New UArizona study suggests benefits from blue light

Blue light isn't all that bad, research shows

TUCSON, Ariz. (KOLD News 13) - Almost everyone is exposed to it daily, through daylight, computers and our smartphones: Blue light make its way into people’s lives regularly.

It often gets a bad reputation and companies make glasses to claiming their products protect the eyes from it. But research from the University of Arizona shows this hue could help heal the brain.

William D. “Scott” Killgore, a psychiatry professor at UA College of Medicine, is the lead author on a new study published in the journal Neurobiology of Disease.

He looked at whether blue light could help heal people who suffer from mild traumatic brain injuries (mTBI) like concussions.

Killgore said about 50 percent those who suffer from mTBI have trouble sleeping.

“Recent research has shown that the brain repairs itself during sleep, so Killgore and his co-authors – John Vanuk, Bradley Shane, Mareen Weber and Sahil Bajaj, all from the Department of Psychiatry – sought to determine if improved sleep led to a faster recovery,” according to the study.

In a randomized clinical trial, adults with mTBI used a cube-like device that shines bright blue light at participants from their desk or tables for 30 minutes each morning for six weeks. Control groups were exposed to bright amber light.

“The hypothesis of the study is that if we stimulate an individual with a blue light device at the same time each day, we will shift their normal rhythm of melatonin," Killgore said.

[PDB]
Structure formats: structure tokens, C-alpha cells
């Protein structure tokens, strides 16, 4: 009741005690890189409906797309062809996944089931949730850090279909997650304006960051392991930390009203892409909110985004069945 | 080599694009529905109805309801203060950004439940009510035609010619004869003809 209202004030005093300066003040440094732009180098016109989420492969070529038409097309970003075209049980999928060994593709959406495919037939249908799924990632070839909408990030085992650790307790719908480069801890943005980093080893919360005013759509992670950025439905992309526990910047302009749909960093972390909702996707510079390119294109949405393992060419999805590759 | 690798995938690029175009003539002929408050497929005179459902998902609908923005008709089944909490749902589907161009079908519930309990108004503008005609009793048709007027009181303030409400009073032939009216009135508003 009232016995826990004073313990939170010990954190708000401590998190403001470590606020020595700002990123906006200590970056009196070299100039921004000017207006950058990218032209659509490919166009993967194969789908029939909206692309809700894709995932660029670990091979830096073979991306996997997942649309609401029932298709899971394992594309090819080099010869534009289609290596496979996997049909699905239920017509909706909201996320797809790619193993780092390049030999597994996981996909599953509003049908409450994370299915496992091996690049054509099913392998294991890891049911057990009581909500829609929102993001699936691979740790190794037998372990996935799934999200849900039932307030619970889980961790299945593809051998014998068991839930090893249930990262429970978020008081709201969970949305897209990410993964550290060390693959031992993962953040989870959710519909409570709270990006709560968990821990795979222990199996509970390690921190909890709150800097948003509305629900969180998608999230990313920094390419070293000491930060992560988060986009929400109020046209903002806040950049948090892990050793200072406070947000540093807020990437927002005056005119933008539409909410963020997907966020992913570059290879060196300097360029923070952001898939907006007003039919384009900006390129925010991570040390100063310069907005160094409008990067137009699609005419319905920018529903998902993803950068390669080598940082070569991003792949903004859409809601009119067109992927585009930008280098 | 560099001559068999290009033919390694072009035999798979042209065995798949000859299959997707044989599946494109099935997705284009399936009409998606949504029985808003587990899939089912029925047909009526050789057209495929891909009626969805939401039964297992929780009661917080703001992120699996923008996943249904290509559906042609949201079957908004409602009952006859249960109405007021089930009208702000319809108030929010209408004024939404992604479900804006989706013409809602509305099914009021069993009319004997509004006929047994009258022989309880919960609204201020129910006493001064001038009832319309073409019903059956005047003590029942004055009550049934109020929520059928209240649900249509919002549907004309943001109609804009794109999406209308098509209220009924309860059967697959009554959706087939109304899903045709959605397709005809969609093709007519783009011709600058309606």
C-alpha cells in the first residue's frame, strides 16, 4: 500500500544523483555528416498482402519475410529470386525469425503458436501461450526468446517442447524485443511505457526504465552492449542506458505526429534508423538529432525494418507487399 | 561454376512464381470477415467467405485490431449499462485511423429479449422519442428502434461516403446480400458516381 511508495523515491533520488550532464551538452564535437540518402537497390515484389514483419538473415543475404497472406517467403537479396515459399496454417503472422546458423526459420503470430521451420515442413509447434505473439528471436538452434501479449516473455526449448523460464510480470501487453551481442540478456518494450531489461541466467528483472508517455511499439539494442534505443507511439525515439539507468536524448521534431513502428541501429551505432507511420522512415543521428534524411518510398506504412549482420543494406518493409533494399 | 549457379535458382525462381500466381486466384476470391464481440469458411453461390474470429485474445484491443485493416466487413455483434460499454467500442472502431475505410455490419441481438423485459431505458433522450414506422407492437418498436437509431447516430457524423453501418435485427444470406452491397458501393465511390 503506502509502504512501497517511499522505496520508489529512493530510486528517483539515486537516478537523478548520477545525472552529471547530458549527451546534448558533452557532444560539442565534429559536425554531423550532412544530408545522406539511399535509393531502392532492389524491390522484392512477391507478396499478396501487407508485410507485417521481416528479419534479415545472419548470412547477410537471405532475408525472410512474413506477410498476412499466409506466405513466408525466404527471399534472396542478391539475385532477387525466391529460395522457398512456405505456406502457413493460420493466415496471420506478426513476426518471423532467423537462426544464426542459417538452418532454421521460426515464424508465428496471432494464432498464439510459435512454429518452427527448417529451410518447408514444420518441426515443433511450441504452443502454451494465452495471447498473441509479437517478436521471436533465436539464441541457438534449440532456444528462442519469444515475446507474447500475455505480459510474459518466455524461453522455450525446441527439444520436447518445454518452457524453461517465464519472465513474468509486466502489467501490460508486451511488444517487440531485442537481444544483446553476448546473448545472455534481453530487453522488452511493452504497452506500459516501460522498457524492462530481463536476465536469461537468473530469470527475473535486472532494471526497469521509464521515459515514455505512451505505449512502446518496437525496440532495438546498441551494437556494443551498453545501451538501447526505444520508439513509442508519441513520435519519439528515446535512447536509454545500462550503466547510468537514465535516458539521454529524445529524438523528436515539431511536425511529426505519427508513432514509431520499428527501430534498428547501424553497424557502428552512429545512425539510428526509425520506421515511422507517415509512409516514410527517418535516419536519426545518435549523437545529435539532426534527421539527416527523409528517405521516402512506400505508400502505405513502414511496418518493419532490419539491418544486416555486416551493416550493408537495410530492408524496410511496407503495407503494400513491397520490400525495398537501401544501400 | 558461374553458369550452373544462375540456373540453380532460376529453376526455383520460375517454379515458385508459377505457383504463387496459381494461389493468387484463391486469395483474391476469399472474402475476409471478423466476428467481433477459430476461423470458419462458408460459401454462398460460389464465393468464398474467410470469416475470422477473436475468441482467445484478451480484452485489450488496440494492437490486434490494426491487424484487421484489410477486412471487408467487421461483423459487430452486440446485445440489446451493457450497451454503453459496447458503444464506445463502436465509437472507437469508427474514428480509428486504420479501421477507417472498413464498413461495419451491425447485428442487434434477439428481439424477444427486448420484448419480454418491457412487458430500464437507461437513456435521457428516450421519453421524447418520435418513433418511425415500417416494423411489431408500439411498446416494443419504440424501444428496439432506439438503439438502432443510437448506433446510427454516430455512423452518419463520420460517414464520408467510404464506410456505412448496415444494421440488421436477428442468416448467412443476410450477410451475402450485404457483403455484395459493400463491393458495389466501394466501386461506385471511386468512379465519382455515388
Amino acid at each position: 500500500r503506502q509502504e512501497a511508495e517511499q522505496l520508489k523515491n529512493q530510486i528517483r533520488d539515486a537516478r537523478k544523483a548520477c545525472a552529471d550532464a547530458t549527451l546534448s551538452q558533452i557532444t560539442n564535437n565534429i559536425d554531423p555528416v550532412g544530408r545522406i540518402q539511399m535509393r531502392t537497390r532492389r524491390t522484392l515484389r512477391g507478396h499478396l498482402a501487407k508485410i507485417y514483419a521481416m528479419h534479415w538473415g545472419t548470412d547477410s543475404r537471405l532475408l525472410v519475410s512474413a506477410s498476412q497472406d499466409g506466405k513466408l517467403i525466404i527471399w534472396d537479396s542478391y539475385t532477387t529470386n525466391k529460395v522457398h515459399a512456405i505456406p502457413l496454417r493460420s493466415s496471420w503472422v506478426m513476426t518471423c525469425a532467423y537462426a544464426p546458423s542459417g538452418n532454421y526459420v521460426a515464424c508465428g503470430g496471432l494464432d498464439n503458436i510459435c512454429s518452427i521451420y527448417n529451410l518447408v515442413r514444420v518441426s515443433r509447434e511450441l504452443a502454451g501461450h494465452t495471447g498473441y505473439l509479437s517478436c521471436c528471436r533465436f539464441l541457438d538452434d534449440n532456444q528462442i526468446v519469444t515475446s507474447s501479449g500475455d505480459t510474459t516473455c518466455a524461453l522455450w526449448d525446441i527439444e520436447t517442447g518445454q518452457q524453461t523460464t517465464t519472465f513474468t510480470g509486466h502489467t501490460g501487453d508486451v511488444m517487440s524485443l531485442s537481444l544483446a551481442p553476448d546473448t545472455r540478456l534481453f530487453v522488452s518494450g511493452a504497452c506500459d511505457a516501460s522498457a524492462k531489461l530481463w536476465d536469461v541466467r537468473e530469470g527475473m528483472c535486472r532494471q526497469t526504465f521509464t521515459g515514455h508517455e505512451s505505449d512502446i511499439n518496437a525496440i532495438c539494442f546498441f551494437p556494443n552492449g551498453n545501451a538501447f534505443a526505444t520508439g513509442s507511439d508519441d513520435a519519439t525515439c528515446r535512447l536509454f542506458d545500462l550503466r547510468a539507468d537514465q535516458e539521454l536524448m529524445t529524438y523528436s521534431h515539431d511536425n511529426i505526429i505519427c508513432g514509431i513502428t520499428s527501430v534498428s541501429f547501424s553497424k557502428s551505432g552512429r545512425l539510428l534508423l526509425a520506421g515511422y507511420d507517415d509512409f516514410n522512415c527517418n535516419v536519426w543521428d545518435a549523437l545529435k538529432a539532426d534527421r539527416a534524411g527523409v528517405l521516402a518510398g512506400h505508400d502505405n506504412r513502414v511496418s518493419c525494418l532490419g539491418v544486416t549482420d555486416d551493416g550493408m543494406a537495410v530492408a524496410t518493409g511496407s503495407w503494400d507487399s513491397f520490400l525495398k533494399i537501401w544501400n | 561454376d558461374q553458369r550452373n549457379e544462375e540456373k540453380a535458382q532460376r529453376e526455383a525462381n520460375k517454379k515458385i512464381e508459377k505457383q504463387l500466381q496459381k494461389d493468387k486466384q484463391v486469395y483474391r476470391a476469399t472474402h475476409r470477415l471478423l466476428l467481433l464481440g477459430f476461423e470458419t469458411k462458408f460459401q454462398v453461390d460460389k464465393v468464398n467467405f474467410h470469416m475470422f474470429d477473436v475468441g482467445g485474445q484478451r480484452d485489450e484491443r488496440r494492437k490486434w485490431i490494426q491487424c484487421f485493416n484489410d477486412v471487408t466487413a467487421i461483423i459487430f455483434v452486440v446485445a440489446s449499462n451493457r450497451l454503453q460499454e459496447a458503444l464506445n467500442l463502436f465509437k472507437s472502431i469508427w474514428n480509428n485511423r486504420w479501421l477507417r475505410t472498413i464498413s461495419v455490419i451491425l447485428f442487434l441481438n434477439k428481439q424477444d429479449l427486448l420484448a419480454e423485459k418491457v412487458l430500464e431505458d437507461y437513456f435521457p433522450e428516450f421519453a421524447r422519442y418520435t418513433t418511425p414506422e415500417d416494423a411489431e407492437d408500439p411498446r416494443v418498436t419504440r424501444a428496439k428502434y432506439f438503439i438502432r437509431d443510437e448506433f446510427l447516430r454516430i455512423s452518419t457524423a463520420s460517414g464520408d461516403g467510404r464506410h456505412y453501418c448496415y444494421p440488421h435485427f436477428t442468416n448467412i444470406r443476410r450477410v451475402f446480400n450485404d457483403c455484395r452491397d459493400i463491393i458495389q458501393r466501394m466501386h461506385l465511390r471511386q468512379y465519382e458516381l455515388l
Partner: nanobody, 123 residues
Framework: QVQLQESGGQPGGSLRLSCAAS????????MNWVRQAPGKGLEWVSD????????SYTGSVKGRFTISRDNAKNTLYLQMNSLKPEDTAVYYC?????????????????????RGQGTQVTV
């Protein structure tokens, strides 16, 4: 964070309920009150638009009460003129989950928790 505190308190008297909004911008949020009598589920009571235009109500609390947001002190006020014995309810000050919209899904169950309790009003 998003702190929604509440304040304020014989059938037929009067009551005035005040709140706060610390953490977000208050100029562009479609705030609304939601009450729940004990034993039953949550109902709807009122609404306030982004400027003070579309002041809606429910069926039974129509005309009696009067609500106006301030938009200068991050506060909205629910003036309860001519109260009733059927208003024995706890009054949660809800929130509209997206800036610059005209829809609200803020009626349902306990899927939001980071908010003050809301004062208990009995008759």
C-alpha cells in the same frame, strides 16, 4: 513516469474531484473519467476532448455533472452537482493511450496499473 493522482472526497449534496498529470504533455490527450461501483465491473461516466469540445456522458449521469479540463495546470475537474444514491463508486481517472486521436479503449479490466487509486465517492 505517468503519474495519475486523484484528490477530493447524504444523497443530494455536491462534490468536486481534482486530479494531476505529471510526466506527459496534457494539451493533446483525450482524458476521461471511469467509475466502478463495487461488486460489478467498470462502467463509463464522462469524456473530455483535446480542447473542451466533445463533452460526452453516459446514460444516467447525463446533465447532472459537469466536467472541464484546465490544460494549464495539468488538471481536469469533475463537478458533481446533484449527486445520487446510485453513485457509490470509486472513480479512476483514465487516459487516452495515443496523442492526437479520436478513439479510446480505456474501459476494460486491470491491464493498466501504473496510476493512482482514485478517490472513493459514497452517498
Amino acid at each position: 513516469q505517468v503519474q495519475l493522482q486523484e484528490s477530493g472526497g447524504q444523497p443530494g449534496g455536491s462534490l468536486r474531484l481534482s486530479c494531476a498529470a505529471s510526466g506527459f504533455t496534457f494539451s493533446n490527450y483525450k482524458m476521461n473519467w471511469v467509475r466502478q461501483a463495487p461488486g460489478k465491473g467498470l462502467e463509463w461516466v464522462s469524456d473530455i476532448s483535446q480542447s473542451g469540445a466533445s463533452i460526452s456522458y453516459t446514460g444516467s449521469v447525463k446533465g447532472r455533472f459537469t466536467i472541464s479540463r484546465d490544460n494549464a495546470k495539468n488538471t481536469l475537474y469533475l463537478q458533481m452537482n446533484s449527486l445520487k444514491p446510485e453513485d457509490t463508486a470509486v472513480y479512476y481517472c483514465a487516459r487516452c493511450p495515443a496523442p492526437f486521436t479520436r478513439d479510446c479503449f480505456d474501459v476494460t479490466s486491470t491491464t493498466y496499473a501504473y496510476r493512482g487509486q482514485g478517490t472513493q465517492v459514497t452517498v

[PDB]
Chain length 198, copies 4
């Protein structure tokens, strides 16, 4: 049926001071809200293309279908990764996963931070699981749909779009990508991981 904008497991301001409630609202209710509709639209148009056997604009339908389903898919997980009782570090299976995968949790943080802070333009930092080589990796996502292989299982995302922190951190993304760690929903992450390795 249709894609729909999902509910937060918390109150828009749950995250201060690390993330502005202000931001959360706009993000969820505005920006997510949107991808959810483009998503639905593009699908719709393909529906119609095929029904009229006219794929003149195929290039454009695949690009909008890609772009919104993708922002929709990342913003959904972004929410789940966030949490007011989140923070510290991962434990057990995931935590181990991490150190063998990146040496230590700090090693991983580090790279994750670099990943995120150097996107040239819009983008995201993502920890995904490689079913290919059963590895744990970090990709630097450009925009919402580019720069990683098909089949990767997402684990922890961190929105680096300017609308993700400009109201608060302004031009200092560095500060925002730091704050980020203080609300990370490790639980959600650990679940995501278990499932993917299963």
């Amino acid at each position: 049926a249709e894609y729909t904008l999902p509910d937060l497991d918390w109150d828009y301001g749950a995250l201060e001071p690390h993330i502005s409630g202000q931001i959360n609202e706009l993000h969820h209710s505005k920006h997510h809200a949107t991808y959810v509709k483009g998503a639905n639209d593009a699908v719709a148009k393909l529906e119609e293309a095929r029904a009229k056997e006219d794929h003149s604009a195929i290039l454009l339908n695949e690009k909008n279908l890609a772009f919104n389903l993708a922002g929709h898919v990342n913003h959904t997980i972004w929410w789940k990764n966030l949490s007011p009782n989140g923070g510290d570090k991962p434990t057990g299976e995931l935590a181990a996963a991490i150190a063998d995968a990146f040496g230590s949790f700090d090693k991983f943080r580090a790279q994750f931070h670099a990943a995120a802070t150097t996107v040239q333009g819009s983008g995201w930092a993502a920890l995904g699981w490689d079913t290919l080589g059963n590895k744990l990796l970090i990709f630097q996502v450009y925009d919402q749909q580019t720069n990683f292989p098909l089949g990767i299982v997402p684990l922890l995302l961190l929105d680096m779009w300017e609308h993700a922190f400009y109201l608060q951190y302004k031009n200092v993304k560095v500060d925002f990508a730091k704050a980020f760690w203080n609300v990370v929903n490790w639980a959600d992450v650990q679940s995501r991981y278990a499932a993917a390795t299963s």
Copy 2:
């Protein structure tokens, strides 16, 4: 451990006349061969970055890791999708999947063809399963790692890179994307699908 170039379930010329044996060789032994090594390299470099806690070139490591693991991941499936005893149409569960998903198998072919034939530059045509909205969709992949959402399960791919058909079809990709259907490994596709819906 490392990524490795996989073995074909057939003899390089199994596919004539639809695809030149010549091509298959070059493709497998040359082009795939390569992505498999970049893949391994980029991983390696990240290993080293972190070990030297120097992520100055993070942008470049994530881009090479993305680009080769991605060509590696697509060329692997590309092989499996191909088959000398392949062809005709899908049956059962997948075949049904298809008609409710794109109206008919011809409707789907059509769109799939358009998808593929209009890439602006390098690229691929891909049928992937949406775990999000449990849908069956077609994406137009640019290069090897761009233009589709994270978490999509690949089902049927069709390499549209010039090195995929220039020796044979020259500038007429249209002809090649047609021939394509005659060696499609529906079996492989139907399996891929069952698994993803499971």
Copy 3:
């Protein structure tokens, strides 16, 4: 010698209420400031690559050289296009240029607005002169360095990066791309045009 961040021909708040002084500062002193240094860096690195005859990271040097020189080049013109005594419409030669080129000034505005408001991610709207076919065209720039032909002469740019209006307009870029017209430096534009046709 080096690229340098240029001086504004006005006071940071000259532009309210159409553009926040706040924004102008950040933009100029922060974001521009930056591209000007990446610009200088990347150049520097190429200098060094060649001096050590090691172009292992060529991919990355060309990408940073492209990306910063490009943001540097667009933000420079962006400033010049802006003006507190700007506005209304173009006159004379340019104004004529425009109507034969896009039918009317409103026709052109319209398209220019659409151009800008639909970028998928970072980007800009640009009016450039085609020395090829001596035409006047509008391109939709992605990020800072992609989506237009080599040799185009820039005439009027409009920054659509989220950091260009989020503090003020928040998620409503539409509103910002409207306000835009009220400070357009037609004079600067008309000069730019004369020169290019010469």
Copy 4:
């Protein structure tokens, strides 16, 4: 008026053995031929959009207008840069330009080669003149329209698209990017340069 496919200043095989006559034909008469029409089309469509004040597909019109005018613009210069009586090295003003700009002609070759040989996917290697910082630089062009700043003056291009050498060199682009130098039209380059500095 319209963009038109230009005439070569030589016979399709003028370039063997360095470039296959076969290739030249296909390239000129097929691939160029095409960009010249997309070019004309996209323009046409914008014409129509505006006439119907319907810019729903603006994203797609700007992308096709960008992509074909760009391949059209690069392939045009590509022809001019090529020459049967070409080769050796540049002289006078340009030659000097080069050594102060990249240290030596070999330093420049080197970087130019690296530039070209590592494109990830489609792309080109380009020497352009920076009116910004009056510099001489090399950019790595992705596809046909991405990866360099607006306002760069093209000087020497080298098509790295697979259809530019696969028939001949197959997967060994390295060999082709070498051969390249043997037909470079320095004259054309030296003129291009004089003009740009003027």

The key word is time. Subjects only used the blue light in the morning in order to help change sleep patterns at night.

"You want blue light in the morning because that helps to re-train the circadian rhythm so that you are able to stay awake in the day and fall asleep at night,” he said.

Resetting not only the body but also an injured brain as well.

“People using this light were able to get more sleep and recover faster from their traumatic injuries,” Killgore said.

Participants fell asleep and woke an average of one hour earlier than before the trial and were less sleepy during the daytime, according to research. Participants improved their speed and efficiency in brain processing and showed an increase in volume in the pulvinar nucleus, an area of the brain responsible for visual attention.

Neural connections and communication flow between the pulvinar nucleus and other parts of the brain that drive alertness and cognition were also strengthened.

But that doesn’t mean people have to have a brain injury to benefit.

Killgore said the light can impact daily life.

"Blue light also enhances working memory capacity, it speeds up brain processing and we also found that it helps with verbal memory,” he said.

Killgore and his colleagues are looking at other colors for healing as well.

"We’ve got a project where we’re looking at post traumatic stress disorder, we have others looking at depression even some looking at pain. And what we find is that different colors of light seem to be effective for different kinds of problems.”

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